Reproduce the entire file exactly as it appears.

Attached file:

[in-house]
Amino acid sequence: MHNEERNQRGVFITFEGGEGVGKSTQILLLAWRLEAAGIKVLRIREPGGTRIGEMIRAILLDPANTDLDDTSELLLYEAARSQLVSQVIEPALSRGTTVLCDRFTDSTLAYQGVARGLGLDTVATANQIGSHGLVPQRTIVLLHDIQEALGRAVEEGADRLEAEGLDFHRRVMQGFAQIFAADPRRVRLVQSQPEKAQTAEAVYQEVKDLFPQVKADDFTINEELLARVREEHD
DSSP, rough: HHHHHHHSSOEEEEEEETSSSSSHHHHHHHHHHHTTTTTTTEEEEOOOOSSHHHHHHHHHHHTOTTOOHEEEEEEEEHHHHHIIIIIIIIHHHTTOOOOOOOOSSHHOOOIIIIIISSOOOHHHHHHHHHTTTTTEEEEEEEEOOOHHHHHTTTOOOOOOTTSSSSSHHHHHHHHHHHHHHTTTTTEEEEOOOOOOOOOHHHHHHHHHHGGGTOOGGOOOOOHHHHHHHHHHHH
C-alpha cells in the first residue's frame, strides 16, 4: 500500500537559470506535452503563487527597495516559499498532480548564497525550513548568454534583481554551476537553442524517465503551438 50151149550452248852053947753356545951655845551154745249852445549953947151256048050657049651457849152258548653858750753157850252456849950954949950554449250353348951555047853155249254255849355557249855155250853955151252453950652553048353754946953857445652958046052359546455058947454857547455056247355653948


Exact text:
[in-house]
Amino acid sequence: MHNEERNQRGVFITFEGGEGVGKSTQILLLAWRLEAAGIKVLRIREPGGTRIGEMIRAILLDPANTDLDDTSELLLYEAARSQLVSQVIEPALSRGTTVLCDRFTDSTLAYQGVARGLGLDTVATANQIGSHGLVPQRTIVLLHDIQEALGRAVEEGADRLEAEGLDFHRRVMQGFAQIFAADPRRVRLVQSQPEKAQTAEAVYQEVKDLFPQVKADDFTINEELLARVREEHD
DSSP, rough: HHHHHHHSSOEEEEEEETSSSSSHHHHHHHHHHHTTTTTTTEEEEOOOOSSHHHHHHHHHHHTOTTOOHEEEEEEEEHHHHHIIIIIIIIHHHTTOOOOOOOOSSHHOOOIIIIIISSOOOHHHHHHHHHTTTTTEEEEEEEEOOOHHHHHTTTOOOOOOTTSSSSSHHHHHHHHHHHHHHTTTTTEEEEOOOOOOOOOHHHHHHHHHHGGGTOOGGOOOOOHHHHHHHHHHHH
C-alpha cells in the first residue's frame, strides 16, 4: 500500500537559470506535452503563487527597495516559499498532480548564497525550513548568454534583481554551476537553442524517465503551438 50151149550452248852053947753356545951655845551154745249852445549953947151256048050657049651457849152258548653858750753157850252456849950954949950554449250353348951555047853155249254255849355557249855155250853955151252453950652553048353754946953857445652958046052359546455058947454857547455056247355653948